“Under the anti-kickback statute, these two defendants could not be convicted unless they knew that what they were doing was a crime and they then acted with this knowledge,” continued Robison. “For the prosecution to win a conviction, it would have to convince the jury of two things. First, that the actions taken by UroCor in the marketplace caused the payment of illegal inducements to referring physicians—inducements that were illegal under the Medicare anti-kickback statute. Second, that the two defendants acted with the knowledge that these practices were illegal.”
What Defendants Believed
“At the end of the day, our defense was essentially based upon the mental state of the defendants—that they believed their actions were legal,” noted Michael J. Barta of Baker Botts in Washington, D.C. He was the defense attorney for Mark G. Dimitroff, former Vice President of Sales and Marketing at UroCor.
“On this point, we emphasized the rulings in two prior court cases involving the Medicare anti-kickback law,” added Barta. “One was the 1985 case of United States v. Greber. The other was the Hanlester ruling by the 9th Circuit Court of Appeals in 1995. These two cases teach that you must have intent and you must conspire to break the law.”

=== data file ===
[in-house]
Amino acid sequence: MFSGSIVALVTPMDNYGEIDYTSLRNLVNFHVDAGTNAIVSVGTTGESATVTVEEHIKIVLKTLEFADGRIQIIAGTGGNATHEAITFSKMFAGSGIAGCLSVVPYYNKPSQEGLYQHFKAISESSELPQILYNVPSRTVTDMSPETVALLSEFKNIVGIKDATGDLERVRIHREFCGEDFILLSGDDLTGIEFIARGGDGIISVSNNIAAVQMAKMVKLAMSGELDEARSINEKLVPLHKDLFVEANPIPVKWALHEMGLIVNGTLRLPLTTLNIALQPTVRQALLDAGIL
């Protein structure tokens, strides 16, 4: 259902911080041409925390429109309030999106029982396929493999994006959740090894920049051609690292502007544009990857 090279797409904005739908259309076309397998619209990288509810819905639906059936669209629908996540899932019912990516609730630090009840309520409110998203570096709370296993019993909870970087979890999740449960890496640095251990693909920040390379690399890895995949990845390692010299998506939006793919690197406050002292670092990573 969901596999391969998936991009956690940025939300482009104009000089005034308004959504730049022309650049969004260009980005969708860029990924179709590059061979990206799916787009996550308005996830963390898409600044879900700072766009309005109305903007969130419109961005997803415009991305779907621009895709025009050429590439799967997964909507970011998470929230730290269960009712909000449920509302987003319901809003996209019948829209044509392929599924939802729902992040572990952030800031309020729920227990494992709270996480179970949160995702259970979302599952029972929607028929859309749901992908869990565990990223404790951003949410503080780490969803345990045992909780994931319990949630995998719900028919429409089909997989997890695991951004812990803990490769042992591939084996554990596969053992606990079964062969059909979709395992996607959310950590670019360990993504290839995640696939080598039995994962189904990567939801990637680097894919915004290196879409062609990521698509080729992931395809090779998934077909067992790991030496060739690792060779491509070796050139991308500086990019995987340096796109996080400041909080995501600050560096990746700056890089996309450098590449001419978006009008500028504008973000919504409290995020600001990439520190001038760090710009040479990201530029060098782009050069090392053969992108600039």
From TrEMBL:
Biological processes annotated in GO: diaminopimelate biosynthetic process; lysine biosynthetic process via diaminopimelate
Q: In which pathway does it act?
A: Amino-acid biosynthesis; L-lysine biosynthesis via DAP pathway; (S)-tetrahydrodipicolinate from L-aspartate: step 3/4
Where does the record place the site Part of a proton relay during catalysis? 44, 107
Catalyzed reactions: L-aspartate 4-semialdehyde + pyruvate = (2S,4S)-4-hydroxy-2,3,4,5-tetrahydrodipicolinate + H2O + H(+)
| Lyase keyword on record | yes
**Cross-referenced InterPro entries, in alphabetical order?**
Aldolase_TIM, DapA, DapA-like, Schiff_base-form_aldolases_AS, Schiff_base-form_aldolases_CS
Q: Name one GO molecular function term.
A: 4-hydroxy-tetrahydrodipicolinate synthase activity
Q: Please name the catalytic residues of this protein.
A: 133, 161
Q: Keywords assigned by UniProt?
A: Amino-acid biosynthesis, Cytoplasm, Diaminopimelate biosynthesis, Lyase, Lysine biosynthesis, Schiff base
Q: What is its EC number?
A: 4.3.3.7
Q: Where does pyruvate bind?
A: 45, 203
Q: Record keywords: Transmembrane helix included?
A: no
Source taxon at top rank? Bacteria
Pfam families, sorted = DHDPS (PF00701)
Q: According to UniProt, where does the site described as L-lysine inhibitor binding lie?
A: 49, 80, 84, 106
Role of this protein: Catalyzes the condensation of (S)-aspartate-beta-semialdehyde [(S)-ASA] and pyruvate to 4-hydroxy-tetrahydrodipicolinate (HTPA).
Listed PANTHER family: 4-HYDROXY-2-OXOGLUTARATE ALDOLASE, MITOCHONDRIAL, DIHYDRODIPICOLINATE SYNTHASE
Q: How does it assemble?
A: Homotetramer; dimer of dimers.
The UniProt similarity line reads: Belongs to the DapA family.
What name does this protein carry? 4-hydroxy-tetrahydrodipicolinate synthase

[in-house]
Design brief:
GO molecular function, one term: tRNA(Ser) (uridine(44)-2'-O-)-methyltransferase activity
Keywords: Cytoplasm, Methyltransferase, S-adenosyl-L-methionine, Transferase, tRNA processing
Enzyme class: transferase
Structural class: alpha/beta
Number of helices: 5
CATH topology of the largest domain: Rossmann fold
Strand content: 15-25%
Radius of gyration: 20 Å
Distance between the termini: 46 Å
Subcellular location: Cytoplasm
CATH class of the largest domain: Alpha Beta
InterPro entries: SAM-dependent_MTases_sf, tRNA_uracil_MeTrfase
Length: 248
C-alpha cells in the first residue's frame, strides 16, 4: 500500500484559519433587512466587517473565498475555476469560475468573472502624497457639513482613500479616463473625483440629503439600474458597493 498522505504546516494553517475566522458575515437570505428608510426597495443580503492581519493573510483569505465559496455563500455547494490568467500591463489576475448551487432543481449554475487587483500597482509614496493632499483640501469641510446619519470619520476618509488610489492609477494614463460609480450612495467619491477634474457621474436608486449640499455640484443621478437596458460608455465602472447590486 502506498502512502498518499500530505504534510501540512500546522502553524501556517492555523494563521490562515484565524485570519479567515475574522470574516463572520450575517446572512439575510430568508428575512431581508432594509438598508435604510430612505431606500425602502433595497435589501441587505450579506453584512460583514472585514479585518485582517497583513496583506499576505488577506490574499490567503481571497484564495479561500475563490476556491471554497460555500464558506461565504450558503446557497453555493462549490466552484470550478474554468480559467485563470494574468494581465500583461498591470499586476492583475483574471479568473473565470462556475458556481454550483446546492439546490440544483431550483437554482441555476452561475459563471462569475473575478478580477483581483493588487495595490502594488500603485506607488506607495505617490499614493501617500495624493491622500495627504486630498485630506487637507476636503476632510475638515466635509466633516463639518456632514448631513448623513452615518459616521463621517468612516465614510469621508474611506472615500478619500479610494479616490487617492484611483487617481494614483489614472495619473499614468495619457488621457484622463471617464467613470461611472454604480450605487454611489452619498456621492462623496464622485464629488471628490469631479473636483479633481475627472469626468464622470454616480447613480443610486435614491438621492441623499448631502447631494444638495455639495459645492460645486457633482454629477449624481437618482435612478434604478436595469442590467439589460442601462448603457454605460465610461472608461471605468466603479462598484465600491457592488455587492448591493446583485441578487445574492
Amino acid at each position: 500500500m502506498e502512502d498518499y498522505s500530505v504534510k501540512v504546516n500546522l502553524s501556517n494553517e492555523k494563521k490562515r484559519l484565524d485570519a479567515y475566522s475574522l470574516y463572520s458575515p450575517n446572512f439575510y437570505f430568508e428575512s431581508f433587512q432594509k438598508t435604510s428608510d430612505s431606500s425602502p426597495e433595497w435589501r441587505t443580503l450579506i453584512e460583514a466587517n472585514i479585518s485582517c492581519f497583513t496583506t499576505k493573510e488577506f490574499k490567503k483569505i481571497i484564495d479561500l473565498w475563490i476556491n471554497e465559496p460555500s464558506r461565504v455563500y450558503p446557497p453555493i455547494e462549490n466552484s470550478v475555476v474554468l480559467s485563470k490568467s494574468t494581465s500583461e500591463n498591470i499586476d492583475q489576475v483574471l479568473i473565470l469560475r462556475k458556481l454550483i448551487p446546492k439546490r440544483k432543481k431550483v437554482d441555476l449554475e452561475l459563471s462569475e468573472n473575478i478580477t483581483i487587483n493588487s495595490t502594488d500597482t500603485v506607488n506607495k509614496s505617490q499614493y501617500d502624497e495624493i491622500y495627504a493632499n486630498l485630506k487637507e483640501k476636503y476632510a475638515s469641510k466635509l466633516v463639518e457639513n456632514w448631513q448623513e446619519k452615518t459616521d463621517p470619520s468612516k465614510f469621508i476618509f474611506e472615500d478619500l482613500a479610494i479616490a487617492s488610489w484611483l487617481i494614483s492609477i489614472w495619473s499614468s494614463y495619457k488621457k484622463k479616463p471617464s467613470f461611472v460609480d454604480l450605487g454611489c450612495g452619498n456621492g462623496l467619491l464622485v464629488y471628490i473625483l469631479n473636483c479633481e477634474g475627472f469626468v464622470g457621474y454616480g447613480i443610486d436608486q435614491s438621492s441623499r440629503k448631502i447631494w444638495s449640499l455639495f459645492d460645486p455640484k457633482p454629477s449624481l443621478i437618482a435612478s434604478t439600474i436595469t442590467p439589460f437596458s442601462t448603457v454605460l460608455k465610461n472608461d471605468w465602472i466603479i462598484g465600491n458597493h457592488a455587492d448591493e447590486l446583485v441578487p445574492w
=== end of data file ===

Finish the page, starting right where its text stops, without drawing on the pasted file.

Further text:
“The second basic defense we offered was that the business practices at UroCor not only did not violate the law, but were recognized in public government statements as widespread and within legal bounds,” said Robison. “Our contention was that, in the years 1993 to 1998, the government’s theory on discounted lab test pricing as an inducement had never been announced and that its appearance in this indictment was a novel theory.”
Facts And Evidence
Hagstrom and Dimitroff’s attorneys did not contest the facts and the evidence presented by the prosecution that UroCor offered discounted prices that were below the laboratory’s cost. They also did not contest the fact that UroCor evaluated the referring physician’s specimen volumes and payer mix to determine if the volume of Medicare business could financially offset the highly-discounted pricing extended to the physician.
“Our argument was ‘so what,’ because the U.S. government, in a series of pronouncements, had made clear that essentially all labs were discounting and they were discounting below cost, and that it was profitable only because of the Medicare business,” observed Barta.
“Given that the government knew that, what had it said?” asked Barta. “Pronouncements of the U.S. government said that discounting is a problem if, and only if, the lab discounts below fair market value.